The Degree of Monopoly and Multivariable Sales Policies

  • Klaus Spremann


The degree of monopoly for multivariable sales policies and multipart tariffs, where these output decisions may be corner solutions of the admissible set, and where there may be kinks in the demand or cost functions is analyzed within a general model. A monopoly is understood as a situation where an agent (the firm) affects the aggregate welfare of the economy by his output decisions via external effects. These external effects and the marginal loss of welfare due to the selfishness of the agent can be measured by two real numbers ω+, ω-, which have the meaning of indices of aggression against and consideration of the society’s objective. Hence the degree of monopoly is defined as a function, which assigns to every situation a pair (ω+, ω-). The determination of this pair (ω+, ω-) for a given situation requires a special linearization technique for sets and functional s which is termed homogeneous approximation of the situation under consideration. The main result states the failure of efficiency of situations, which reveal (ω+ > ω-); and examples illustrate that almost all situations with multivariable sales policies are non-efficient in the following sense : There is a slight modification of the agent’s policy which is admissible and increases both his own utility (profit) and the society’s welfare. Conditions for such a “non-tangency” of iso-profit and iso-welfare loci are derived in real Banach spaces and expressed in terms of (the value of) the degree of monopoly (ω+, ω-).


Price Discrimination Real Banach Space Aggregate Welfare Output Decision Homogeneous Approximation 
These keywords were added by machine and not by the authors. This process is experimental and the keywords may be updated as the learning algorithm improves.


Unable to display preview. Download preview PDF.

Unable to display preview. Download preview PDF.


  1. 1.
    J.S. BAIN: The Profit Rate as a Measure of Monopoly Power, Quarterly Journal of Economics, Vol. LV (1941), 271–293.CrossRefGoogle Scholar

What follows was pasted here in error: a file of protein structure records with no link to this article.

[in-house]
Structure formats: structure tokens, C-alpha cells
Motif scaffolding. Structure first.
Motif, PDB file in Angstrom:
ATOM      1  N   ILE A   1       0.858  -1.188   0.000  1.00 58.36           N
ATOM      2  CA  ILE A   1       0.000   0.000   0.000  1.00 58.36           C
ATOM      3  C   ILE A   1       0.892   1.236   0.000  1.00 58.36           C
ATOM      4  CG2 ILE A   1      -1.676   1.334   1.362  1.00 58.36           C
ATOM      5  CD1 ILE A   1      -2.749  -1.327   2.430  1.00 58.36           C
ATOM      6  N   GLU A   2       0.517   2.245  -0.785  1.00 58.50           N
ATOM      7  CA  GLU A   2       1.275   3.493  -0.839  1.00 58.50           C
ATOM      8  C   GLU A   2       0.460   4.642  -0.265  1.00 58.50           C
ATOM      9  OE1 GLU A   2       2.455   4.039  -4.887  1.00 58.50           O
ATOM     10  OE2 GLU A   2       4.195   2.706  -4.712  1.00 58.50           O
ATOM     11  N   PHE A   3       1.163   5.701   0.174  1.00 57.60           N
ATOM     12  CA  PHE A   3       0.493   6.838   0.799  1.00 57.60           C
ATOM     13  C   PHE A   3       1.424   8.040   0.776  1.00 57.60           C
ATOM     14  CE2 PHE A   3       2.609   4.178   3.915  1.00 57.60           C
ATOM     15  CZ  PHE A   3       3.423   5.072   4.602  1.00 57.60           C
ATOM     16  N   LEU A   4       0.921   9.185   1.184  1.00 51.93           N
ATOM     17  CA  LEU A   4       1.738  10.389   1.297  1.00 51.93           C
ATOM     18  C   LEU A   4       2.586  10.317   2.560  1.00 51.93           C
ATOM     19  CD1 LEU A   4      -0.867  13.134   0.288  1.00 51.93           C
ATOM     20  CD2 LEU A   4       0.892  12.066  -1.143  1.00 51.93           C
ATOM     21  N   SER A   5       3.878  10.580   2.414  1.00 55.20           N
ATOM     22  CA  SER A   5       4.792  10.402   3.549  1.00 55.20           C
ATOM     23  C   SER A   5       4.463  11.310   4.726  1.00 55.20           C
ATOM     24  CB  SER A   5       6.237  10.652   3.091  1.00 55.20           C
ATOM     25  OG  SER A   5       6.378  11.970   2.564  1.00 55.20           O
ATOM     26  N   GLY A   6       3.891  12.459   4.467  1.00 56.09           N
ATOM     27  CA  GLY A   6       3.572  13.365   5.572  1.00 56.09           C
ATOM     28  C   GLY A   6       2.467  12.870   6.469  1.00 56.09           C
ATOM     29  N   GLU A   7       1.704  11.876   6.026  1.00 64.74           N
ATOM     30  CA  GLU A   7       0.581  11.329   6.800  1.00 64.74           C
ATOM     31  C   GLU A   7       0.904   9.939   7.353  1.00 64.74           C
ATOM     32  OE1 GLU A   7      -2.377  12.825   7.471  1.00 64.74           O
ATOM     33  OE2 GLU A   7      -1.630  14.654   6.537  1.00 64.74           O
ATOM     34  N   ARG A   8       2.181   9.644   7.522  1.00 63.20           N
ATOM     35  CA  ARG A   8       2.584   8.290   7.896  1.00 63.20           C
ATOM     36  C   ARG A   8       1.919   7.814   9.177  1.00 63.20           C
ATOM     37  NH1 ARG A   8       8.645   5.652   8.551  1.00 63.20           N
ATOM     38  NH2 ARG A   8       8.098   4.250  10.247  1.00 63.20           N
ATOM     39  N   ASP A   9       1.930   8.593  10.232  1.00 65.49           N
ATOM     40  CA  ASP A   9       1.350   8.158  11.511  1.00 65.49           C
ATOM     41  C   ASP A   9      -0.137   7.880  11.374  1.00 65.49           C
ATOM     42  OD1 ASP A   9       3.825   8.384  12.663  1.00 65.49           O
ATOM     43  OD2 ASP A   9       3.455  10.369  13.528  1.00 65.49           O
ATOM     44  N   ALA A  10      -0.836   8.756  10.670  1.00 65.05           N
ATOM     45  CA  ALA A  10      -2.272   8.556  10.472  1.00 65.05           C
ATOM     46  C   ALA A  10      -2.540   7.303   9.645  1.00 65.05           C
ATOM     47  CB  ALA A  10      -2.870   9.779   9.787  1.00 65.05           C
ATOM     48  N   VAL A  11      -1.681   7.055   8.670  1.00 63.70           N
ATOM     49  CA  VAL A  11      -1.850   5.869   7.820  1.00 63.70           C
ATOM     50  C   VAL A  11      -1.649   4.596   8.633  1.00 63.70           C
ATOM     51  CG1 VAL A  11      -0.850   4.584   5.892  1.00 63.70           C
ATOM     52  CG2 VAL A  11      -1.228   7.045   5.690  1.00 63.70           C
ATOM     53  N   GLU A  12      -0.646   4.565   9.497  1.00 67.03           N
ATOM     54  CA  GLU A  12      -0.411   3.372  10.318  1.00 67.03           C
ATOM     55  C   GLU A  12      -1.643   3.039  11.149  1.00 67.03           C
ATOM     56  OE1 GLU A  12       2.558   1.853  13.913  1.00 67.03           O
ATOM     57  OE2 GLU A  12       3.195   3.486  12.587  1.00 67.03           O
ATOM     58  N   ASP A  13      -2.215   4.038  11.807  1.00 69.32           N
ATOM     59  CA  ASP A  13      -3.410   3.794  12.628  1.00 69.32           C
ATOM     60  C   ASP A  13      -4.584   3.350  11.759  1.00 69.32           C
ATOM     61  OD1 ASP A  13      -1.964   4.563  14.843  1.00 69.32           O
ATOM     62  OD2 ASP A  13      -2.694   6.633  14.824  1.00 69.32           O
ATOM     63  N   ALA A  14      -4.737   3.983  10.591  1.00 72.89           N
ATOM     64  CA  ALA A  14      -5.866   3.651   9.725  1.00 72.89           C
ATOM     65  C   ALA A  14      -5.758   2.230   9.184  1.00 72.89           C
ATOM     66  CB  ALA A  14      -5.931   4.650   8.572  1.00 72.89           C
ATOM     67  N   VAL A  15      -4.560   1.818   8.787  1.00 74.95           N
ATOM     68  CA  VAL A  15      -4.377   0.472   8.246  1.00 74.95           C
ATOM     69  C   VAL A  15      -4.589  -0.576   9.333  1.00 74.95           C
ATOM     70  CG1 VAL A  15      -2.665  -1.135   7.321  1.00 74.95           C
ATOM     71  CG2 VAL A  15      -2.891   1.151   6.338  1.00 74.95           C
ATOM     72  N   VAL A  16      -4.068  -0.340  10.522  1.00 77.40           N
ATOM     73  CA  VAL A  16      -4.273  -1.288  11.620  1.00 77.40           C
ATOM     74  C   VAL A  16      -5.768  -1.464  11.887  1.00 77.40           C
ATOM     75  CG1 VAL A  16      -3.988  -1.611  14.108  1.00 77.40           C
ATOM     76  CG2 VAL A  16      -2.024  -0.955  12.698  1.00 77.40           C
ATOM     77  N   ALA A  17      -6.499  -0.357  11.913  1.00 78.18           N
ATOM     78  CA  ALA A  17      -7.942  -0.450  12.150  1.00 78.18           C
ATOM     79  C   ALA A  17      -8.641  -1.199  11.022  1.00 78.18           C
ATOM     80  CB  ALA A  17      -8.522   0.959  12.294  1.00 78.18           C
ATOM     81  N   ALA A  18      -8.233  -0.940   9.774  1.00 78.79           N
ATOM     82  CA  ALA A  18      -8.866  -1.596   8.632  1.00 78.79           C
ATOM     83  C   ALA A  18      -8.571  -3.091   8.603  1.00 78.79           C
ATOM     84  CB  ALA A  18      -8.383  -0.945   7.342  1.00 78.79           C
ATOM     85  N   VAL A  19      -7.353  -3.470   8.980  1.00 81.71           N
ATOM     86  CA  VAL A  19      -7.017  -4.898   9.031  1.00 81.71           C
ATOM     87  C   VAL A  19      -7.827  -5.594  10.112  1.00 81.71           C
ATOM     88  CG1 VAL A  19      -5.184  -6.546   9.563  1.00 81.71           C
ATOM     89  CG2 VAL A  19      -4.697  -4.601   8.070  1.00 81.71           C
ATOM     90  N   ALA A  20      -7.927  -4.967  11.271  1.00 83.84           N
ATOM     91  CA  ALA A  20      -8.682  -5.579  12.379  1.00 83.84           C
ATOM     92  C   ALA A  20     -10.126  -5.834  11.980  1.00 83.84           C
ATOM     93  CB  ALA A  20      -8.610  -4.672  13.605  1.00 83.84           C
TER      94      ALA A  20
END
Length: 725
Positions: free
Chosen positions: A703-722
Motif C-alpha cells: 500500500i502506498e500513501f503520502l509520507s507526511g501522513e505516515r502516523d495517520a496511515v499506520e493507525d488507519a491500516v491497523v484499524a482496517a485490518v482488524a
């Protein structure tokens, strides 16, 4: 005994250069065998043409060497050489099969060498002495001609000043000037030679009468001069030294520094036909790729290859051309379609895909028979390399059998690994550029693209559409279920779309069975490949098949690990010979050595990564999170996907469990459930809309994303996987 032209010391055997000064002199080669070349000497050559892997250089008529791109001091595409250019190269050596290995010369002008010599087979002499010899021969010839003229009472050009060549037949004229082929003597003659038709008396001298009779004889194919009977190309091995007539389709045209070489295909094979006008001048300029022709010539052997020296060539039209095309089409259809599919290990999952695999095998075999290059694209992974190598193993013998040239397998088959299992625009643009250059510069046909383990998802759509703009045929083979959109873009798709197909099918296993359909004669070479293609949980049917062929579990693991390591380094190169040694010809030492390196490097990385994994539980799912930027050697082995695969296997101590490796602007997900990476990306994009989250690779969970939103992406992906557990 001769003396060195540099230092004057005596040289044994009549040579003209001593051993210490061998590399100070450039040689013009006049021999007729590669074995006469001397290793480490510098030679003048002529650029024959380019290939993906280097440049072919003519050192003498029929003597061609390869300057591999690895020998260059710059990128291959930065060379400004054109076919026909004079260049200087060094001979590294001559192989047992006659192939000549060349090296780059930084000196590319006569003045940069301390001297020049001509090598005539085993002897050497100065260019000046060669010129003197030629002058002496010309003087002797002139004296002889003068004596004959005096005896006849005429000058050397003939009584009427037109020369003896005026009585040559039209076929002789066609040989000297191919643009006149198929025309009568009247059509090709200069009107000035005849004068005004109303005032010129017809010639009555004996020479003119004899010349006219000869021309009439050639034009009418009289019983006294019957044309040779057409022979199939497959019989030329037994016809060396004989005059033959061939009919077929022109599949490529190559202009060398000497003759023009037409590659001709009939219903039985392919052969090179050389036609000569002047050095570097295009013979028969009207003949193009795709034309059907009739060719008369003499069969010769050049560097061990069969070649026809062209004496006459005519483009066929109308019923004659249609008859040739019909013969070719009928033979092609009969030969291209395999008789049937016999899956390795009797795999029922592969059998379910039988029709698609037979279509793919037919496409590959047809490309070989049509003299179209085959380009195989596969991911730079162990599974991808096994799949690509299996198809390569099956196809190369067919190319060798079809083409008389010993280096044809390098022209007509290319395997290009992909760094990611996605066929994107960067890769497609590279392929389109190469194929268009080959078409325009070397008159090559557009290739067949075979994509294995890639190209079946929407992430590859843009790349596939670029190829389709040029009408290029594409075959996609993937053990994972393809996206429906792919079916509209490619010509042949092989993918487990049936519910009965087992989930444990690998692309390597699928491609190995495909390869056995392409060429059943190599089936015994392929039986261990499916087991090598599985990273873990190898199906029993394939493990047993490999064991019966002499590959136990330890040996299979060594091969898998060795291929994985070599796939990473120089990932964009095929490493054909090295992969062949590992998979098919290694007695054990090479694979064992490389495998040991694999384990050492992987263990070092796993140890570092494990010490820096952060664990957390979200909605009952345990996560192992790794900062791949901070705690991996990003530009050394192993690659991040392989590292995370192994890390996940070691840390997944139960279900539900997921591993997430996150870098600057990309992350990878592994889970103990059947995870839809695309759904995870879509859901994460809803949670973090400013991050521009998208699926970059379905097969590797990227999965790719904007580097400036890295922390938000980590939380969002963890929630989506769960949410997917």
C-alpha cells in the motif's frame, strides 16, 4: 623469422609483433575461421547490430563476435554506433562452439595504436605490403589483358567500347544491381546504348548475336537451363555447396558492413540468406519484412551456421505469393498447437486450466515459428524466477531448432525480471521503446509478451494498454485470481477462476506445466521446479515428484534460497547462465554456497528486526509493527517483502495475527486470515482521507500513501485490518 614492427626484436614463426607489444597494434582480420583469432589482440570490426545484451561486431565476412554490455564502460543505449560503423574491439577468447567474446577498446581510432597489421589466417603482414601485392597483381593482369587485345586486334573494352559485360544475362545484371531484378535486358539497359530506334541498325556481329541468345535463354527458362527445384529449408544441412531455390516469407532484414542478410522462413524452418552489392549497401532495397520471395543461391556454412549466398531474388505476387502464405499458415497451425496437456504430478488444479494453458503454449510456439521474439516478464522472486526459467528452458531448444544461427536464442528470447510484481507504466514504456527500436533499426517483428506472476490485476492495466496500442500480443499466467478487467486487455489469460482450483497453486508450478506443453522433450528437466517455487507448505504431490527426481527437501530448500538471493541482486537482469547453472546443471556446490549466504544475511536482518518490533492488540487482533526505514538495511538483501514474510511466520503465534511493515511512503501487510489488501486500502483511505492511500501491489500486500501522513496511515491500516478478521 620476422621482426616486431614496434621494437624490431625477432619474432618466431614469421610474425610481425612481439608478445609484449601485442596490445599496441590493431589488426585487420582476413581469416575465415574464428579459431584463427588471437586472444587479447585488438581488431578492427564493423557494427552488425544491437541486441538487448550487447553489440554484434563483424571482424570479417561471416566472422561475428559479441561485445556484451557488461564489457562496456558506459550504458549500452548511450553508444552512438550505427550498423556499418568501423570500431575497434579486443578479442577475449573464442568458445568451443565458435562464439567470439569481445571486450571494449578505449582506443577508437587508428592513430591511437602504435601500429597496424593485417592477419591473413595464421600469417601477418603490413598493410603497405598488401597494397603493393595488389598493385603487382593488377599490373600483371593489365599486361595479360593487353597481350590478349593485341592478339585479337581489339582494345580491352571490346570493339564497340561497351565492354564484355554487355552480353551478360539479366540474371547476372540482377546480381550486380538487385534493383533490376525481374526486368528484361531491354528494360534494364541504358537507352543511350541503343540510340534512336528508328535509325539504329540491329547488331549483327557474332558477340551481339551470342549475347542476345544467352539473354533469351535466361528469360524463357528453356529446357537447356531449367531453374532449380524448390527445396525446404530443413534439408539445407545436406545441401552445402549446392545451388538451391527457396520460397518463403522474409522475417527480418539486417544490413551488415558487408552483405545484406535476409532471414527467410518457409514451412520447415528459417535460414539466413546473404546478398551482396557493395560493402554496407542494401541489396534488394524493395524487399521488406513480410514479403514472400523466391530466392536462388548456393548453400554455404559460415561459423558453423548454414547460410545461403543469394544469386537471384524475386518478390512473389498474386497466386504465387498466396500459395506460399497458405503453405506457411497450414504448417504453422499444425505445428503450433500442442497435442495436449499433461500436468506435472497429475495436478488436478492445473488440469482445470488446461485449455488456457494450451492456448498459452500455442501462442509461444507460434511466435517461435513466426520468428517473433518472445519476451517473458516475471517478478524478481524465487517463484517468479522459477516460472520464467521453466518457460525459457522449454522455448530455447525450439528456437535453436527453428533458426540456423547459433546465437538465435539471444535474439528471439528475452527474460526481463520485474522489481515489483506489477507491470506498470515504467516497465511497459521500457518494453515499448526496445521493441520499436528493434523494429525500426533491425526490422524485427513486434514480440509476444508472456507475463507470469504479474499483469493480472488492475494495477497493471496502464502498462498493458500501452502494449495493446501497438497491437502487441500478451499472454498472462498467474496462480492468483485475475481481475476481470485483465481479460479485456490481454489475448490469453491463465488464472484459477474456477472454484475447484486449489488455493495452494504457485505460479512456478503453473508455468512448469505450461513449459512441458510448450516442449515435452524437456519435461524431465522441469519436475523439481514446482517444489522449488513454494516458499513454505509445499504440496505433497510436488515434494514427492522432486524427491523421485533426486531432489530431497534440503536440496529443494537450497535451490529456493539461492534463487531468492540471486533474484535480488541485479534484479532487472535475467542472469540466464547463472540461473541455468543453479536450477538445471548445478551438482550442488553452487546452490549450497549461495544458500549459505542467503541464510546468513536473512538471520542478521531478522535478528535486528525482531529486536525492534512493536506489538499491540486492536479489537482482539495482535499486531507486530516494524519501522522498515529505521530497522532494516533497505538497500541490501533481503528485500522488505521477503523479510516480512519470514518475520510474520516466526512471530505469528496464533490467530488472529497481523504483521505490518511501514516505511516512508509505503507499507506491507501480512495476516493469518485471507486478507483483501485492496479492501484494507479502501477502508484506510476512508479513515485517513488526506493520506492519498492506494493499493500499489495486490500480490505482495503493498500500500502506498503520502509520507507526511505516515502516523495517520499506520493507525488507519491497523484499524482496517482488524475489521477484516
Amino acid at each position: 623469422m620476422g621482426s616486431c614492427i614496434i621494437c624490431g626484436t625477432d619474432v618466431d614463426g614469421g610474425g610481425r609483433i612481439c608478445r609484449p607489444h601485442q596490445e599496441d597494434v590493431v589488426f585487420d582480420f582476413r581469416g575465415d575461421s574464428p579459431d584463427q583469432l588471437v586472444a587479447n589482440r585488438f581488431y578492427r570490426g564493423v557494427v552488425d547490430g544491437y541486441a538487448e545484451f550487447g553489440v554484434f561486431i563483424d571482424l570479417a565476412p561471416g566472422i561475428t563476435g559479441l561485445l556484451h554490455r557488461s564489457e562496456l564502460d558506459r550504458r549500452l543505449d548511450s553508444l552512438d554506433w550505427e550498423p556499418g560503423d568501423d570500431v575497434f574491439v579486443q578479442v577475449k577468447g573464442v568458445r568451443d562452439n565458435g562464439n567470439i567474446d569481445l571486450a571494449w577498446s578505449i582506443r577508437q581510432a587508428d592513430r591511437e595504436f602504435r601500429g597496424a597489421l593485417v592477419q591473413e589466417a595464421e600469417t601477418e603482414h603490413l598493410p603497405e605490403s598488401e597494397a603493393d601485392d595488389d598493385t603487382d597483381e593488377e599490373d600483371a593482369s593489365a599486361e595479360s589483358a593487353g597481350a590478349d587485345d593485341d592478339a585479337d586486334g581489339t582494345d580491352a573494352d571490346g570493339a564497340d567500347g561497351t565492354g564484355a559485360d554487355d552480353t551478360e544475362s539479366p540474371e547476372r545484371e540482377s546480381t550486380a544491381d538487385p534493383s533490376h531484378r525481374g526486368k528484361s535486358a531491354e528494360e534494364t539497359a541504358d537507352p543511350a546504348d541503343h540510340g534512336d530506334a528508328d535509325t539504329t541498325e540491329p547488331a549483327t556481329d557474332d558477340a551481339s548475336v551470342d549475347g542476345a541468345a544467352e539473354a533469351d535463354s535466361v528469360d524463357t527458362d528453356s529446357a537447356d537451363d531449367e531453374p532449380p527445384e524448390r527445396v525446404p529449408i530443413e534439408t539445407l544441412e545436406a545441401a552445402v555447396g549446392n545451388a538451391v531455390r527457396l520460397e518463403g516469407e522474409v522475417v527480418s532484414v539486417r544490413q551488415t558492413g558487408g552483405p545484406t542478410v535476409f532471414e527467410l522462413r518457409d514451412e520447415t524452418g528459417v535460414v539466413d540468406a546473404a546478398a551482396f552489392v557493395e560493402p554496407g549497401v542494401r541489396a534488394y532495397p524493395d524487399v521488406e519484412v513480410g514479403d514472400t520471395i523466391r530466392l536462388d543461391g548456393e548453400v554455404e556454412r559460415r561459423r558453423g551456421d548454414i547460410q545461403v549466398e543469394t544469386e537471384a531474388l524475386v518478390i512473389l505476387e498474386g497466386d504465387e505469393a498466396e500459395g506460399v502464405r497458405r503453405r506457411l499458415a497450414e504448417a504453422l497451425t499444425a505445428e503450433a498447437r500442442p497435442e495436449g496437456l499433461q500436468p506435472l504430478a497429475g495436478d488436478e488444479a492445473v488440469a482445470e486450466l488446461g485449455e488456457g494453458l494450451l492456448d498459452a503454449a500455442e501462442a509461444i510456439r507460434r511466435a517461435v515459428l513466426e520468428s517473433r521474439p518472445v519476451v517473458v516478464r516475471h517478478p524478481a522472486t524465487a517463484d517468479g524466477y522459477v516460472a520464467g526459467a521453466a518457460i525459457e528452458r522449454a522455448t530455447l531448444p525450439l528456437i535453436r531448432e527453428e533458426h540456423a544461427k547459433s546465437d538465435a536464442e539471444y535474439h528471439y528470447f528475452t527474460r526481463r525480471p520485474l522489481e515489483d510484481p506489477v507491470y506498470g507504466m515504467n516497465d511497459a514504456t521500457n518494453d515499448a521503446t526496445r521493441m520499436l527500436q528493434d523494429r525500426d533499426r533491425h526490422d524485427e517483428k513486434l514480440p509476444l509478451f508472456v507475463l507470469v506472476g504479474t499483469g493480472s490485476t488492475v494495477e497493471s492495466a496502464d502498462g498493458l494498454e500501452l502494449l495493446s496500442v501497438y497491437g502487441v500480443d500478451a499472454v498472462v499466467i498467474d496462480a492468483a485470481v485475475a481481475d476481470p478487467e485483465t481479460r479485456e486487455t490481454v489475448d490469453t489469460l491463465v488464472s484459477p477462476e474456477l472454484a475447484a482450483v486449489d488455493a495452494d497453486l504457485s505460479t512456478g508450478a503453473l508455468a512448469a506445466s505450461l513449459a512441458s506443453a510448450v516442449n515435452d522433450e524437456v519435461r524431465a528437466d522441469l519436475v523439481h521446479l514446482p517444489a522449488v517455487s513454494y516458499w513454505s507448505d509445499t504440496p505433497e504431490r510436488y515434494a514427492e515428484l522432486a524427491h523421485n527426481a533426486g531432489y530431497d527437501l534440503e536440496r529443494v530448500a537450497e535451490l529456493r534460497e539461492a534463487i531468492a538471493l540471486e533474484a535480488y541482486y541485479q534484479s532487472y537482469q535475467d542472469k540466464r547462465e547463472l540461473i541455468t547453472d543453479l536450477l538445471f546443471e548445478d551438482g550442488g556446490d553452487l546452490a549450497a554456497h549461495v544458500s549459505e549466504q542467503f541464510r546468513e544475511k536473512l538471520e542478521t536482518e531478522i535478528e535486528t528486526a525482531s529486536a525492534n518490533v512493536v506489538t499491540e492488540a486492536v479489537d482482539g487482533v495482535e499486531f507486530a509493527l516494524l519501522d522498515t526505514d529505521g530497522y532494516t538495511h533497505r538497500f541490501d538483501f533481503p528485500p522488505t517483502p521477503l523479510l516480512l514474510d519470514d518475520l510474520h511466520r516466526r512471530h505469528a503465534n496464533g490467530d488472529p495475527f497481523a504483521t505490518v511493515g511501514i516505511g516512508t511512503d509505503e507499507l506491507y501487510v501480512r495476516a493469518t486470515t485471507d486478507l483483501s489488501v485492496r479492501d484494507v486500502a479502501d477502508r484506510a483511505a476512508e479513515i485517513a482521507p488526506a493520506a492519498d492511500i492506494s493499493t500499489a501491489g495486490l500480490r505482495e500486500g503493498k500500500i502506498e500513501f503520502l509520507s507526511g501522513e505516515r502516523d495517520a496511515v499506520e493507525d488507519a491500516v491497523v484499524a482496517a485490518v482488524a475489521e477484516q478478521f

2. 2.
    J.S. BAIN: Measurements of the Degree of Monopoly : a Note, Economica, Vol. 10(1943), 66.CrossRefGoogle Scholar
  3. 3.
    W.J. BAUMOL and D. BRADFORD: Optimal Departures From Marginal Cost Pricing, American Economic Review, Vol. 60 (1970), 265–283.Google Scholar
  4. 4.
    J.M. BUCHANAN and W.C. STUBBLEBINE: Externality, Economica, Vol. 29(1962), 371–384.CrossRefGoogle Scholar
  5. 5.
    J. DIEUDONNE: Foundations of Modern Analysis, Vol. 10–1 in Pure and Applied Mathematics, Academic Press, New York 1969, ch. VIII.Google Scholar
  6. 6.
    I.V. GIRSANOV: Lectures on Mathematical Theory of Extremum Problems, Lecture Notes in Economics and Mathematical Systems, Vol. 67, Springer-Verlag, Berlin 1972, p.50 f.CrossRefGoogle Scholar
  7. 7.
    O.C. HERFINDAHL: Concentration in the Steel Industry, doctoral dissertation, Columbia University, New York, 1950.Google Scholar
  8. 8.
    M.R. HESTENES : Calculus of Variations and Optimal Control Theory, Applied Mathematics Series, Wiley, New York, 1966.Google Scholar
  9. 9.
    Y.-K. NG and M. WEISSER: Optimal Pricing with a Budget Constraint The Case of the Two-part Tariff, Review of Economic Studies, Vol. 41 (July 1974) 137, 337–345.CrossRefGoogle Scholar
  10. 10.
    J.R. HICKS: The rehabilitation of Consumers’ Surplus, The Review of Economic Studies, Vol. 9(1941), 108–116.CrossRefGoogle Scholar
  11. 11.
    R.W. KILPATRICK : The Choice Among Alternative Measures of Industrial Concentration, Review of Economics and Statistics, (May 1967), 258–260.Google Scholar
  12. 12.